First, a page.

PLAS’s Daisy Hollis a ‘Class Act’
Published 9:20 pm Friday, September 25, 2009
Daisy Hollis alternated between hearty laughs and a lump in the throat as she talked about her 32-year, “I believe it is,” teaching career.
Hollis, first-grade teacher at Pike Liberal Arts School, was honored this week as WSFA-TV’s Class Act Award and Ceil Sikes, principal, said there is no teacher more deserving of the recognition.
“Mrs. Hollis works tirelessly for the children that come through Pike Liberal Arts year after year. We are blessed to have her here,” Sikes said.
And Hollis said she considered it a blessing to be there.
Even as a teenager, she enjoyed working with children and, as a senior at Pike County High School, she decided that teaching was the career path for her.
“Besides enjoying children, I also realized that teaching would allow me to work and rear children, and having a family was most important to me, ” she said.
Her first teaching position was as a first grade teacher in the Ozark City School System.
“When the children registered that year, they had about 30 more children than they had anticipated and called me for an interview,” Hollis said. “Over the weekend, they built a room for me in the lunchroom.”
Hollis also taught in Brundidge before moving to PLAS where she has taught first, second, third and fourth grades.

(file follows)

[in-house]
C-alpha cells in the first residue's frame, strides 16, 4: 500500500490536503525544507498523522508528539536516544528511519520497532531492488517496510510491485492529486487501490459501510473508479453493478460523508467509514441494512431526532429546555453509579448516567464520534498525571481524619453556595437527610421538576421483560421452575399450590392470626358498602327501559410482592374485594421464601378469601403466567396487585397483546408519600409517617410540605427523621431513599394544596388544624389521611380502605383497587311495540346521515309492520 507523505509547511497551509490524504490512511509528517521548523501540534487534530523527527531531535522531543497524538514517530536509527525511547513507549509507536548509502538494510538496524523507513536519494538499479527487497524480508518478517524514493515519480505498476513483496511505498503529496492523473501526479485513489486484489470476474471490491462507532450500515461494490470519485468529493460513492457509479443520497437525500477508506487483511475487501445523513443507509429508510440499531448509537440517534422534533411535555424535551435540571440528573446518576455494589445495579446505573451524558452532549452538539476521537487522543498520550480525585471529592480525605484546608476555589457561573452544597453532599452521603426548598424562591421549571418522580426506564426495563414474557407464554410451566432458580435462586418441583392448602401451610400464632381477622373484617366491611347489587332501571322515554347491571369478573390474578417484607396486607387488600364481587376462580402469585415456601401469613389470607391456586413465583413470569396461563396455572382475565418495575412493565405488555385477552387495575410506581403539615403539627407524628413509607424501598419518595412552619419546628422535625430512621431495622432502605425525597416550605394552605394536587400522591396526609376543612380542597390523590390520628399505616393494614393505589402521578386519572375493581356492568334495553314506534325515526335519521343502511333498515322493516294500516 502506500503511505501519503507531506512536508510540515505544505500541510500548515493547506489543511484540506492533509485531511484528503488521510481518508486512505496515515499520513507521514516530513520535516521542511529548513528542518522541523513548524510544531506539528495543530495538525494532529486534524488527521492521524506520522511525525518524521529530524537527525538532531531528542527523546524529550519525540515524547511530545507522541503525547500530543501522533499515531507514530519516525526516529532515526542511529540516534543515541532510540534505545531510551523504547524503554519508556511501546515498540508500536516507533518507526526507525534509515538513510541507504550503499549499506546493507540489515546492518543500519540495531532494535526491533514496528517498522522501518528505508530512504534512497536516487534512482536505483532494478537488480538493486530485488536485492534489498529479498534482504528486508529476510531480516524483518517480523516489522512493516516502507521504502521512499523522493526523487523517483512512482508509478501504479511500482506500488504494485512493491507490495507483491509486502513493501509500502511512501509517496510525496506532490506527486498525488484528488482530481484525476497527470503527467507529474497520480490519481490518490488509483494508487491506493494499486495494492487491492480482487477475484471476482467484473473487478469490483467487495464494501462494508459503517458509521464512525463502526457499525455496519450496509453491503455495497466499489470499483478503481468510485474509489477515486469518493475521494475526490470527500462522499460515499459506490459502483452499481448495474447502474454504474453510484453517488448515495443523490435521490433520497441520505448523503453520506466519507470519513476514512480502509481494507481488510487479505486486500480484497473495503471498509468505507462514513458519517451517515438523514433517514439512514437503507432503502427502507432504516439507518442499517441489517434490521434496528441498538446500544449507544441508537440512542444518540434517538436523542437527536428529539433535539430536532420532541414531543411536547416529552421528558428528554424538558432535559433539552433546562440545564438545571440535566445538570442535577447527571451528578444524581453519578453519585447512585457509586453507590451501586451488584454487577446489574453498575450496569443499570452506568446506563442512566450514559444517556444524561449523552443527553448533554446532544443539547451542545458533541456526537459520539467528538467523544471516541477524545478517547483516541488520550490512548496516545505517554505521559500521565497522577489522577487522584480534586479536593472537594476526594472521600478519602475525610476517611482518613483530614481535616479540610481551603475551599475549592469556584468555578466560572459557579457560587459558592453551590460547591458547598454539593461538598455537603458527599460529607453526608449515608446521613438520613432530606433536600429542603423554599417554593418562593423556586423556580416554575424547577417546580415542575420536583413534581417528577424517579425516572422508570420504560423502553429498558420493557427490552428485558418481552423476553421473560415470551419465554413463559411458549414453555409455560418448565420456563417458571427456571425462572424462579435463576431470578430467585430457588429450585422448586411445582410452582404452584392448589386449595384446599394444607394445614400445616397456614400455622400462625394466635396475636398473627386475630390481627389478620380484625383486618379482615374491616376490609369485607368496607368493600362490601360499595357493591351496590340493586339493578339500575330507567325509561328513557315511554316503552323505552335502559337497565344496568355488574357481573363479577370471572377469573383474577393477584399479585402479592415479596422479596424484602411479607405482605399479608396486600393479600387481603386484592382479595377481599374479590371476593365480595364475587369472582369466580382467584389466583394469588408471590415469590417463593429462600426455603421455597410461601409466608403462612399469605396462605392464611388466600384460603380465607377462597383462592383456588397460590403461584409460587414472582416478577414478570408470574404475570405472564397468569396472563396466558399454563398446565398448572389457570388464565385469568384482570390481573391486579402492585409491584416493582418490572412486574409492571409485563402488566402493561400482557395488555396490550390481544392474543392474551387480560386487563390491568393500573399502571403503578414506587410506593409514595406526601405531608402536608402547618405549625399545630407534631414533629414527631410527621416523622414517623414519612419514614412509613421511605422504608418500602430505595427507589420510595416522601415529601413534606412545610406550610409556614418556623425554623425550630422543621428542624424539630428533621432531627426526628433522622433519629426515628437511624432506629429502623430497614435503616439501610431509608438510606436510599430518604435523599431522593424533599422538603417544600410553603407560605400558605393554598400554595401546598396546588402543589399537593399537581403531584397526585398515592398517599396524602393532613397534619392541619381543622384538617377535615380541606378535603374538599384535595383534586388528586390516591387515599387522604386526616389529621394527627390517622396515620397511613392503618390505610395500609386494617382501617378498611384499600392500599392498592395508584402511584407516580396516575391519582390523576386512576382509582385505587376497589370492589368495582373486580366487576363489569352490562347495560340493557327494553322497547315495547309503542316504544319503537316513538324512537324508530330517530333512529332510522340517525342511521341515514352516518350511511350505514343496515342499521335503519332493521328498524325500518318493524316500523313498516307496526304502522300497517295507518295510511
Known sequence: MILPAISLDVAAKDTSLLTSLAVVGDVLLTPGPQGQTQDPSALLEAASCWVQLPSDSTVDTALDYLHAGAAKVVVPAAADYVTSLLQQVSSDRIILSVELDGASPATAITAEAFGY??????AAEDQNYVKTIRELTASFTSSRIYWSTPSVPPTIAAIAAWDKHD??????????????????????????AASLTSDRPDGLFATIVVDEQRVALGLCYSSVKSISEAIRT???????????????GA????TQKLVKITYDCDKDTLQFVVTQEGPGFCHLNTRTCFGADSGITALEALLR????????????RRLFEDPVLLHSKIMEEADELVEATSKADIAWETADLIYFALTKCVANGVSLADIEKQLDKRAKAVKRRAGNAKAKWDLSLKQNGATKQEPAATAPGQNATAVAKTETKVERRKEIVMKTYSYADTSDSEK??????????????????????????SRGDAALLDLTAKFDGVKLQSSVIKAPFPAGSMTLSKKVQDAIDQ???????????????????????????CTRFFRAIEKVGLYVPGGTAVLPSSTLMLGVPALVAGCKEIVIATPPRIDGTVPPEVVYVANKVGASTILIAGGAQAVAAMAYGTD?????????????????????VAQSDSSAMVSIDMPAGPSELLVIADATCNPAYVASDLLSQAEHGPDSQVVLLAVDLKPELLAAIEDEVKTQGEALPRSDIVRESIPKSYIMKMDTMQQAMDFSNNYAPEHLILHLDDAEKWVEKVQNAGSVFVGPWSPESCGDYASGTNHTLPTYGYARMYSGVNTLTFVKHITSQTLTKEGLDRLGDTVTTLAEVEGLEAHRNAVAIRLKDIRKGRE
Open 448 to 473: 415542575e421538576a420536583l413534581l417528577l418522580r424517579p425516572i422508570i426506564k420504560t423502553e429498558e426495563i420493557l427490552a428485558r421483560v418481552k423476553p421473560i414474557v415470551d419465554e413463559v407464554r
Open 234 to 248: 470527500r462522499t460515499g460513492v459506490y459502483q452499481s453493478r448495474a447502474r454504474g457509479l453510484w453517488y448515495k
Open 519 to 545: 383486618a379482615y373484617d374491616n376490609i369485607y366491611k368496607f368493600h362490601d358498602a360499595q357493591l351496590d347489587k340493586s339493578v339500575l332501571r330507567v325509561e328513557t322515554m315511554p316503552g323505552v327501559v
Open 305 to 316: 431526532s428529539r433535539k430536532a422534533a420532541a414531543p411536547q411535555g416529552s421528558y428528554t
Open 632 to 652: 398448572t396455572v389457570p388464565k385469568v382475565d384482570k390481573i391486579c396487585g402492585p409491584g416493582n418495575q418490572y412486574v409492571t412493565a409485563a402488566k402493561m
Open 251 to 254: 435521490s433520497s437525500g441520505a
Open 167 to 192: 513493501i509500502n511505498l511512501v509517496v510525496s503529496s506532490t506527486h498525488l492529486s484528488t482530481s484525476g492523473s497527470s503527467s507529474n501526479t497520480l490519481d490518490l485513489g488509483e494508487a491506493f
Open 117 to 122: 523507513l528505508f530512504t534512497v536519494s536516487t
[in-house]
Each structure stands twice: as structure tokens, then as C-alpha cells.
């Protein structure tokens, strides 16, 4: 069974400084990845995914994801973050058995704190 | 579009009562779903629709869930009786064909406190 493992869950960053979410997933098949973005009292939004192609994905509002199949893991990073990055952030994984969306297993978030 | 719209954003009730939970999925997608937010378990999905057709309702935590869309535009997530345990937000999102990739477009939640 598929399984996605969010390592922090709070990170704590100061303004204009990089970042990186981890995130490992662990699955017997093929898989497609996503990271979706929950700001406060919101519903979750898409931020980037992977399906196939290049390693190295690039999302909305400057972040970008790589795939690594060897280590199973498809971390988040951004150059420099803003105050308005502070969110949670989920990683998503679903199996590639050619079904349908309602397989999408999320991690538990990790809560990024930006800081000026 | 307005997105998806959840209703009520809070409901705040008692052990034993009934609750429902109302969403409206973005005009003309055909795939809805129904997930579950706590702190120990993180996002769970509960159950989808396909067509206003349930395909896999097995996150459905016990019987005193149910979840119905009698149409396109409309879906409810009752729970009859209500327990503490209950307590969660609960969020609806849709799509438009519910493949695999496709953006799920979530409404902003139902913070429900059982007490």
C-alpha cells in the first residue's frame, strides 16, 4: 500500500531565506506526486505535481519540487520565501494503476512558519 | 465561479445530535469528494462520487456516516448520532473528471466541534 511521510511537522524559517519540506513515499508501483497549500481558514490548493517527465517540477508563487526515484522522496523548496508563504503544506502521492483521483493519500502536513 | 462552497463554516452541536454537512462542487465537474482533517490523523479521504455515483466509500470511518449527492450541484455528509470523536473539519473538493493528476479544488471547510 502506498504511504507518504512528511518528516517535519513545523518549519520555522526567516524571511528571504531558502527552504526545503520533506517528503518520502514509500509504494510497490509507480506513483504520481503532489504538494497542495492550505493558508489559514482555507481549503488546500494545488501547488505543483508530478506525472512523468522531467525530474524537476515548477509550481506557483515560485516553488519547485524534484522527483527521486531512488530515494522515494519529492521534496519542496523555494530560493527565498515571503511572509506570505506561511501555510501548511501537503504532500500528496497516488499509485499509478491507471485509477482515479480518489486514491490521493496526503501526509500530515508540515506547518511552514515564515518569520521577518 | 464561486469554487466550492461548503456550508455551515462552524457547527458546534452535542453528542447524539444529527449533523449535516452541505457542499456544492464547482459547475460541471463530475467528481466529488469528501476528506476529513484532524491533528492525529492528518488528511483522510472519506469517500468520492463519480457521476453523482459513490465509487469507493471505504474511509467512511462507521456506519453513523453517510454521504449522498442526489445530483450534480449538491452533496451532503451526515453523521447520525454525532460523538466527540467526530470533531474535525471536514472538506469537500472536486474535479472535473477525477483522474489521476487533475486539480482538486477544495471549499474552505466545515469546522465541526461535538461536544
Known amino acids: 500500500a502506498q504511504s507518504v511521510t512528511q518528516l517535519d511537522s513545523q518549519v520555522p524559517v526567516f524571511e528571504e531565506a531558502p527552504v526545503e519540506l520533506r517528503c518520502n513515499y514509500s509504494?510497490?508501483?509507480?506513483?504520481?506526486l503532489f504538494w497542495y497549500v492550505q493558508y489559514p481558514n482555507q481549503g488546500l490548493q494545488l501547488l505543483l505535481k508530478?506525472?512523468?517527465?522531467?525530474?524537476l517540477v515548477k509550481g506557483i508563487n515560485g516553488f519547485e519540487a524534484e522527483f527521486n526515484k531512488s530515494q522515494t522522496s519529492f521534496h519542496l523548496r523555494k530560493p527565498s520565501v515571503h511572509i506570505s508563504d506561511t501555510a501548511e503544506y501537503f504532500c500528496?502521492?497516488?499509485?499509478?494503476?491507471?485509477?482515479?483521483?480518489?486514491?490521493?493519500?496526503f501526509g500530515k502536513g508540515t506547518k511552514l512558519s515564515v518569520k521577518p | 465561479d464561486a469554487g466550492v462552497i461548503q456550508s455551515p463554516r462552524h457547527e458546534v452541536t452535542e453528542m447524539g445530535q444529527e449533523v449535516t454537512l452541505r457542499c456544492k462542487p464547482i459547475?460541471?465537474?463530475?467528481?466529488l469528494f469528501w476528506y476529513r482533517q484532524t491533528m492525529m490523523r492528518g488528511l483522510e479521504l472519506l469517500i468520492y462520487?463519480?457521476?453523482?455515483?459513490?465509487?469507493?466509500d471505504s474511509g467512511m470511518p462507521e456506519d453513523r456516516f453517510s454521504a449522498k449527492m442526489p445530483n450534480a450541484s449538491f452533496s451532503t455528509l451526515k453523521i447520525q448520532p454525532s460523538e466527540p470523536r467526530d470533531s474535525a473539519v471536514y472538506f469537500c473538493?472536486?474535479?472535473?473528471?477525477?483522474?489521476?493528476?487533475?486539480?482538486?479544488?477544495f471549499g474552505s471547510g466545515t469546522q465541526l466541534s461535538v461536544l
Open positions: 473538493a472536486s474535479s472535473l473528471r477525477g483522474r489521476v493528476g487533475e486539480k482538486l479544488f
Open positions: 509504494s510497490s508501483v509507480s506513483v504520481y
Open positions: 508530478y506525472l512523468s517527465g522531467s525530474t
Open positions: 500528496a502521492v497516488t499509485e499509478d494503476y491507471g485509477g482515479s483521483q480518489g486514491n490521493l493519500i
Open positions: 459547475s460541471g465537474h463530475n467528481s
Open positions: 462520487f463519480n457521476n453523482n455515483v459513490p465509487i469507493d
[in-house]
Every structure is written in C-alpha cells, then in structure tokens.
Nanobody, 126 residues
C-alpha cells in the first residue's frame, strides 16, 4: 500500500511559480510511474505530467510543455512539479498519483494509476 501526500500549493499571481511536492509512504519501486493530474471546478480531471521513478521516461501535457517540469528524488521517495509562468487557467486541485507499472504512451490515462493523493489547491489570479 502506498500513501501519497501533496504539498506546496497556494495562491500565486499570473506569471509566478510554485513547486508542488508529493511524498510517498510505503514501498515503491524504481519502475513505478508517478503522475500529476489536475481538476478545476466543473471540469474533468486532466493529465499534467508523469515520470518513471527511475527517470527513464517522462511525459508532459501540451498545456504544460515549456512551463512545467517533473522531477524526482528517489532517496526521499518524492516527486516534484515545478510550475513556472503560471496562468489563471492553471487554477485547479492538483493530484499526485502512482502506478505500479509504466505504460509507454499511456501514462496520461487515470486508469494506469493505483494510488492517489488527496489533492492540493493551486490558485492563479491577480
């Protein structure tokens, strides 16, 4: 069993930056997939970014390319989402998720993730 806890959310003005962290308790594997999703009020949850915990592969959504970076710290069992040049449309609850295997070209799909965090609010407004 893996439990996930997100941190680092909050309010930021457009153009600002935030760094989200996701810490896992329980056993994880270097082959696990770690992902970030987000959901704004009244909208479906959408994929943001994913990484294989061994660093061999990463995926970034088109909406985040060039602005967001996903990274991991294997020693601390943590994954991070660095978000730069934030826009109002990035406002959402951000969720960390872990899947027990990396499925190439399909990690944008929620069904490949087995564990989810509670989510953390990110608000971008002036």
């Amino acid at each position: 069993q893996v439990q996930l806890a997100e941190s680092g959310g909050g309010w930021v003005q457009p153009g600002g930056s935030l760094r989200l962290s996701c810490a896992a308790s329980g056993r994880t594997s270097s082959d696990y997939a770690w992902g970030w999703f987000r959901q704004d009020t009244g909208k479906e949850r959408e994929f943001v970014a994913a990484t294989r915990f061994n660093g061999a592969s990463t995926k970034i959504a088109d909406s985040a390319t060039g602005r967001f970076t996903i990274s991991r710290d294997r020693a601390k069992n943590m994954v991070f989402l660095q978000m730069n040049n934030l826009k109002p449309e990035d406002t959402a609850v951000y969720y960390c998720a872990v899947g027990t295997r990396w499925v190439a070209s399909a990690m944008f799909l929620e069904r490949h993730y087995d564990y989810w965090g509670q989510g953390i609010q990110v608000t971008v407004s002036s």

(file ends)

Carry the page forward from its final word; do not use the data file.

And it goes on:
And, if pushed into a corner, Hollis said she would have to say that her preference would be first and fourth grade.
“I really like the fourth-grade curriculum, especially the language, and I love Alabama history,” she said. “I learned right along with the students and it was very exciting. And, I love teaching first grade. The children are learning to read and getting interested in books, although the children are coming to me now knowing how to read. But I still read to them everyday.”
Hollis, laughingly, said when she was in first grade, children couldn’t read. “We didn’t even know our ABCs.”
The teaching profession has been all that Hollis had hoped and even more.
“The students have been wonderful,” she said.
“And Pike Liberal Arts has extremely hard-working parents and such supportive parents. The faculty and staff is good to work with. It has been a good working situation for me for many years.”
Hollis did admit that, when she had young children and stayed home, she worried that she needed to be at school.
“I didn’t think anybody could do my job,” she said, laughing.
“I guess, I thought that I couldn’t be replaced, but now I know that wasn’t true. There are many dedicated and outstanding teachers to step in when those of us decide that it’s time.”
Hollis didn’t say that this is her last year “in first grade,” but she didn’t day it isn’t.
“I taught two of my children and four of my grandchildren and I have two of them now,” she said.
“I will have taught all of my grandchildren except, Wes (Bundy). But, when you start teaching the grandchildren of students you taught ….it’s probably time.”
At that very moment, a grandmother, who was at the school for Grandparents’ Day, stuck her head in the door.
“I sure hope you’re going to be here next year when my little grandson starts first grade,” she said.
Hollis just smiled.
She’s a real Class Act.